Hi guys! Hope you’re all going well with the longer runs. It was great to catch up with a whole bunch of the RMA crew over the weekend at the workshop. Everyone looked awesome. I just wanted to quickly go through runners knee because whatever you’re training for it’s important to be aware of risk factors and be proactive with your knees. Firstly what is runners knee and basically it’s what we call patellofemoral syndrome, the knee cap tracks poorly on the large bone of the leg and causes inflammation and pain. It can be mild, just achey knees with long runs or severe, stabbing, catching leading to degeneration of cartilage under the knee . The gyst being, lets not go there!
So to avoid it we first have to know what causes it and basically it’s a tracking issue as I said. The muscles and ligaments around the outside of the knee are really strong, ITB, quads on that side (vastus lateralis) the list goes on. Then on the inside you have weak structures that get inhibited and turn off easily. The part of the quad on the inside is listed in out textbooks as ‘the quitter’, says it all really. So this is why so many runners tackle runners knee by targeting ITB tightness on the outside and they’re right…get your foam rollers out and go for it guys. Thing is you want to use more than just that one strategy because like most things with the body, it’s a bit more complicated than you think.
If you get even the first inkling of runners knee, tackle it! First check your technique. It often comes on as distance increases. What we see is that runners fatigue and start to sink through knees. If you plan to do Gold Coast in around two hours twenty…this is not your problem!! What I mean is elite runners will strike and push back in the one action. Mere mortals like us can have a tendency to strike, sink and then push particularly as we tire. We call it ‘flat tyre’ running and it smashes knees so just be aware of it. Check technique at all times. Secondly know your way around your knees. Start understanding the pattern of trigger points so you can ease them off after runs. We as runners forget that tightness also inhibits muscles, remember ‘the quitter’ it’s the teardrop shaped one on the inside. Wake it up! Release it and then you can look at correct technique for strengthening it specifically for running.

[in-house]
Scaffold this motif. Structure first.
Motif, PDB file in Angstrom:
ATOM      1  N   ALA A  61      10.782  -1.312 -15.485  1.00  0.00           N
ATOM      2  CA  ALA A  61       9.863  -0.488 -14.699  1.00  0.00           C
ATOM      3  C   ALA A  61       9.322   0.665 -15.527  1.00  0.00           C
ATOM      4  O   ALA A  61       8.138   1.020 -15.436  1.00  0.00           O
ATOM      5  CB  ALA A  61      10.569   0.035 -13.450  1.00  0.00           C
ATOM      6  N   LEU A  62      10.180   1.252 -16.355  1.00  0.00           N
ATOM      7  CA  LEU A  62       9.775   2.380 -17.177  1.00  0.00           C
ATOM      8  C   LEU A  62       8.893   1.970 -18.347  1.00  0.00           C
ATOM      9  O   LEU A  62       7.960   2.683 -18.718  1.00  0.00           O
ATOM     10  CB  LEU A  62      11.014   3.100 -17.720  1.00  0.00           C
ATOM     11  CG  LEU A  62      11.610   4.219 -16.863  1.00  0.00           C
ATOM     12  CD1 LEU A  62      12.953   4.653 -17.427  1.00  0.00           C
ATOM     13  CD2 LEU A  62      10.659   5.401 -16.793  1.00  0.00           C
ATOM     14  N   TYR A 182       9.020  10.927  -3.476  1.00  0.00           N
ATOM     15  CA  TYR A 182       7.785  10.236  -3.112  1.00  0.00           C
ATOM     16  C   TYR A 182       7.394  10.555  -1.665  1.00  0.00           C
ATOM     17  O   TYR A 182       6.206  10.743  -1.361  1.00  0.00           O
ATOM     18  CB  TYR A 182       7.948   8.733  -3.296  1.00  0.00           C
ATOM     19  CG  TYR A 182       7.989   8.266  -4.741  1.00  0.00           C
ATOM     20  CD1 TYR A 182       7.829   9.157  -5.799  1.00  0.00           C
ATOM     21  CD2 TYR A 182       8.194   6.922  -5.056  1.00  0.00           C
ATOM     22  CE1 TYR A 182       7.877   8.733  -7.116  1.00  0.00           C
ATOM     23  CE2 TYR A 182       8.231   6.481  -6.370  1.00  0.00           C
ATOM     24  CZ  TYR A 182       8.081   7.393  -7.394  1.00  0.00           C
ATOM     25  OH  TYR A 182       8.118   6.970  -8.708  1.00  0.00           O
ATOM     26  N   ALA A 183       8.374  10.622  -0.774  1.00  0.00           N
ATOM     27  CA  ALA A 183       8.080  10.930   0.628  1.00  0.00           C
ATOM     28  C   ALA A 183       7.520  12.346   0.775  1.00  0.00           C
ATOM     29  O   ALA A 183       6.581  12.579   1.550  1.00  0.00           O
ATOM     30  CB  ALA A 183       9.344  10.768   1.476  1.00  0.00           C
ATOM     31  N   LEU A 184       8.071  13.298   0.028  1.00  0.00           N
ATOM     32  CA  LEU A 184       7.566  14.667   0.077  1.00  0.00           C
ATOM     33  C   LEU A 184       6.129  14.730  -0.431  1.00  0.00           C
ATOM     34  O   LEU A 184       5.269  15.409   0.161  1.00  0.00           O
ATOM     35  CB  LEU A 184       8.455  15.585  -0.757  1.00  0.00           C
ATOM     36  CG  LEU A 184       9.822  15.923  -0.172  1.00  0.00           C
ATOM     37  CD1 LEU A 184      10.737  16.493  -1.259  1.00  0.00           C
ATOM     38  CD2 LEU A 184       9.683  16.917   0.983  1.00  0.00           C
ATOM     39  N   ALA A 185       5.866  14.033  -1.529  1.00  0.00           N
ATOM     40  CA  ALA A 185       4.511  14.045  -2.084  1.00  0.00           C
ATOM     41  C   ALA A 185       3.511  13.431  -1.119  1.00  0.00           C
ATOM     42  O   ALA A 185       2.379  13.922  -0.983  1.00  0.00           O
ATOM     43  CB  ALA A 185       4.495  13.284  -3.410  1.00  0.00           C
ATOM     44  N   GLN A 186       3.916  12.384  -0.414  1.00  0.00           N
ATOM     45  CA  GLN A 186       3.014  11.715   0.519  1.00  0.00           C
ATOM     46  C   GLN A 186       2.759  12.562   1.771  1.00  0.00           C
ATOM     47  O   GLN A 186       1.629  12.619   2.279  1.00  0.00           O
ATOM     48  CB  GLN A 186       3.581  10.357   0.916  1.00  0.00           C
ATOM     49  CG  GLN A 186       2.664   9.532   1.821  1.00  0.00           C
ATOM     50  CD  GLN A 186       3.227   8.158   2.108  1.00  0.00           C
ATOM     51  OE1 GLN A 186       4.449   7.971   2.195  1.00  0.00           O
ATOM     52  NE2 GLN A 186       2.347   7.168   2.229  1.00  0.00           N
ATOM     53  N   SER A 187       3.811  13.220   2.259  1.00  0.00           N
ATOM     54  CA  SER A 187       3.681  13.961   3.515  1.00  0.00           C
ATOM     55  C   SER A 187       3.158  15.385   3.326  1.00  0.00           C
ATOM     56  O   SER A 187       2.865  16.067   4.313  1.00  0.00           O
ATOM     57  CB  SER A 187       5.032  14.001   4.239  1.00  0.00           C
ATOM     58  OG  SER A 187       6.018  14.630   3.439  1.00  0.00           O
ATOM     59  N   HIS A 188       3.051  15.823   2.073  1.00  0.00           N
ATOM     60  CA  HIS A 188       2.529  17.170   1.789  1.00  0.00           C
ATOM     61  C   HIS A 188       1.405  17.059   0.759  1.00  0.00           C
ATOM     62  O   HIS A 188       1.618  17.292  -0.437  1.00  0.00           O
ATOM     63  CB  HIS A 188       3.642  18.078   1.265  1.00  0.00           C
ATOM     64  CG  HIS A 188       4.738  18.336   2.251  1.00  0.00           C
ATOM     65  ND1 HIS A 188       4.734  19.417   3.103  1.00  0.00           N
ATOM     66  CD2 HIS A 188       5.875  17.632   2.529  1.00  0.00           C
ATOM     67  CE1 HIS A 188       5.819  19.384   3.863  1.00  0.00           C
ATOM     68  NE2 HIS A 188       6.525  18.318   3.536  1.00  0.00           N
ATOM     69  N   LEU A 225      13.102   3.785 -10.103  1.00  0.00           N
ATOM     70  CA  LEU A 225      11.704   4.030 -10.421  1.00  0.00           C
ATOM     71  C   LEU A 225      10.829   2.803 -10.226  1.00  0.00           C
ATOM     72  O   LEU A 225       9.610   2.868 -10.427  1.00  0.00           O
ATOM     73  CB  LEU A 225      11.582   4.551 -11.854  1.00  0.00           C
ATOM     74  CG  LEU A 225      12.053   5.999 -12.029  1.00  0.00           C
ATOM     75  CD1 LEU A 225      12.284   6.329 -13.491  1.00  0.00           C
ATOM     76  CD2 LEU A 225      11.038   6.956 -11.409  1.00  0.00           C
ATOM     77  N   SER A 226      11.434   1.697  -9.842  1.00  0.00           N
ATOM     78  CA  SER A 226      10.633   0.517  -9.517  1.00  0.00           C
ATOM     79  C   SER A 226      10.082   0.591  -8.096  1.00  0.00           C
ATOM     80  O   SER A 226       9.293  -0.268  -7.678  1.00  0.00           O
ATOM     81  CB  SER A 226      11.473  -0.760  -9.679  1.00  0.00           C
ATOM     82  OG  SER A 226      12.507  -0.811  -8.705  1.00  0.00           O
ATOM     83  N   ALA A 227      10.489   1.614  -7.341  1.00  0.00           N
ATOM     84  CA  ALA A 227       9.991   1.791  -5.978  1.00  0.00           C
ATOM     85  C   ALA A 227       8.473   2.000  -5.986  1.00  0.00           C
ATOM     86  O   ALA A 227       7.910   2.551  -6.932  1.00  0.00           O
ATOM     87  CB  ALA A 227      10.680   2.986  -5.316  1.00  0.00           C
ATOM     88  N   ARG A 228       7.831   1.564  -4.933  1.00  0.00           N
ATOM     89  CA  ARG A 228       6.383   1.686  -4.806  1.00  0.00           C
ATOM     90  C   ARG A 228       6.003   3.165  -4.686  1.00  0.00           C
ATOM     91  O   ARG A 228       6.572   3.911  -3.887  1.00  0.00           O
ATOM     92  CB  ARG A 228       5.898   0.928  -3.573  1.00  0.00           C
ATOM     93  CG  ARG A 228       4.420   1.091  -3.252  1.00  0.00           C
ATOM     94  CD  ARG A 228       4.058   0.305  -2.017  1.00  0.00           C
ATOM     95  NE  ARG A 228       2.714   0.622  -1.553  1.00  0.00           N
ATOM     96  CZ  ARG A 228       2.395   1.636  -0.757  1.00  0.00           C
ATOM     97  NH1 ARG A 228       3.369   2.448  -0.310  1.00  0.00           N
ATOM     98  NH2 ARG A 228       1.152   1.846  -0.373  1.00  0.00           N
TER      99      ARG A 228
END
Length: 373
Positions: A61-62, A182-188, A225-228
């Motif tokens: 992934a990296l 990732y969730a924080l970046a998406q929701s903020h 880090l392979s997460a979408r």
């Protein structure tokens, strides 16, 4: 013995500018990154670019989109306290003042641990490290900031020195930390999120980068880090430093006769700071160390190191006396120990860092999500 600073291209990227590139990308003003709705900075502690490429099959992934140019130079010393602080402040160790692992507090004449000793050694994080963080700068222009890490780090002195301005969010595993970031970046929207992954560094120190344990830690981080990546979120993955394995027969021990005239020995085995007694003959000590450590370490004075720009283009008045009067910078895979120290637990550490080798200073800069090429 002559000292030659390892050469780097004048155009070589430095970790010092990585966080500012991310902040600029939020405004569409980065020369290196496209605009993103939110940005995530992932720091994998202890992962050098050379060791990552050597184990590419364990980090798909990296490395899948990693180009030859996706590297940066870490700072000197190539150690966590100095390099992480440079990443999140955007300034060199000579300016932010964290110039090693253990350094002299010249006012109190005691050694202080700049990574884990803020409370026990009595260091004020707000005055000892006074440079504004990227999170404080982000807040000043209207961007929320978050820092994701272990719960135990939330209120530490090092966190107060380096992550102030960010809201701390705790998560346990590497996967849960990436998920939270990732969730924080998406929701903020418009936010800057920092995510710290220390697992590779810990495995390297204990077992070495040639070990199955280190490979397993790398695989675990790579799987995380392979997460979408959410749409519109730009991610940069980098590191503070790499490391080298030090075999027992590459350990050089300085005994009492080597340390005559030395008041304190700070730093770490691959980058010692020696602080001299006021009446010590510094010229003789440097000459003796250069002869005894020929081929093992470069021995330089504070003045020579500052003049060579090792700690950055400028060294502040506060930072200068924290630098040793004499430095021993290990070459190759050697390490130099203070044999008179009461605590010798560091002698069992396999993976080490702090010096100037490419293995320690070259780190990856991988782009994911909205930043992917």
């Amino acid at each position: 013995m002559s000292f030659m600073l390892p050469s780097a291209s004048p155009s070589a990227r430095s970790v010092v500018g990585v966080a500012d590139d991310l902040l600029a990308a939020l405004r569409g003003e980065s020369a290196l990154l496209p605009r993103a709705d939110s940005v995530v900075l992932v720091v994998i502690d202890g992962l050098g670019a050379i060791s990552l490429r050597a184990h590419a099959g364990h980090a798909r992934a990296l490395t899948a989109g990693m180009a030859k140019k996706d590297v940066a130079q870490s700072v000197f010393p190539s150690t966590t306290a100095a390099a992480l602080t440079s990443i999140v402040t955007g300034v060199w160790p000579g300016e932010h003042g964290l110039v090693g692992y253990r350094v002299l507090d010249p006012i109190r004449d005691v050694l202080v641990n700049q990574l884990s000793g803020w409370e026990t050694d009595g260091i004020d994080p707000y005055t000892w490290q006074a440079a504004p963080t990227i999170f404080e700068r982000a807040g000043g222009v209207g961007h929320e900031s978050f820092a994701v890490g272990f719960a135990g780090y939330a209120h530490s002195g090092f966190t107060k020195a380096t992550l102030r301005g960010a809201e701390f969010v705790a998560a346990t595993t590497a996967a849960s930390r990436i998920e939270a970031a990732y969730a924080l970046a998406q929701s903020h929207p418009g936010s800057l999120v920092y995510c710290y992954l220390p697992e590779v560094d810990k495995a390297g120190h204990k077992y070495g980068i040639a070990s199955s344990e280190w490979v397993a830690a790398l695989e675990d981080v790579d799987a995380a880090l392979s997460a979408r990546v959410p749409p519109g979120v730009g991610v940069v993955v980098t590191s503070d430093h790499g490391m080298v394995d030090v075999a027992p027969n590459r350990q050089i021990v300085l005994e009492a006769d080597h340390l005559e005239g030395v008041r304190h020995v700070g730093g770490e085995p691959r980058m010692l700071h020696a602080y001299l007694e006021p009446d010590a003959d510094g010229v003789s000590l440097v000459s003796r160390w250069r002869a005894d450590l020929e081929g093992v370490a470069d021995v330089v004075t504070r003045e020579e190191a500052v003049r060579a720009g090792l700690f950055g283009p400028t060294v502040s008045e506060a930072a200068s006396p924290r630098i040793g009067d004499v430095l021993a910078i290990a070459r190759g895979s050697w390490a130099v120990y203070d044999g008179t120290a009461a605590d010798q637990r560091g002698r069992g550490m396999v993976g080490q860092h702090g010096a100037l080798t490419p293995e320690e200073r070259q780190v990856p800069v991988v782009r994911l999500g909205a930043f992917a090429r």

Finally if you’re having pain in the knee it may be worthwhile taping it so the knee cap tracks the right way. Tape can be handy leading into a race to support and you can use Ktape on race day which supports but also gives you full range and flexibility. It can get you through and then you can address it in detail, shoe support, run technique etc. etc. when you have your finishers medal around your neck!
Can’t wait to meet Nicole and all the RMA crew at Gold Coast. Send your questions if you need a hand in the next few weeks and remember to grab one of us early on the day if you want knee support for the race. Runners knee needs a book to cover everything so I hope you have enough info to get started. Put a couple of links that might help you know your way around knees. http://www.rifrev.com/running-injury-free/tapingforrunnersknee http://www.rifrev.com/running-injury-free/kneerelease
Quick note for Gold Coast runners in an important week, remember if you’re struggling, think about water running this week. You can do the same times in the pool rather than distance and not lose any fitness. Don’t break yourself now! You’re almost there!
Enjoy guys! Talk next week,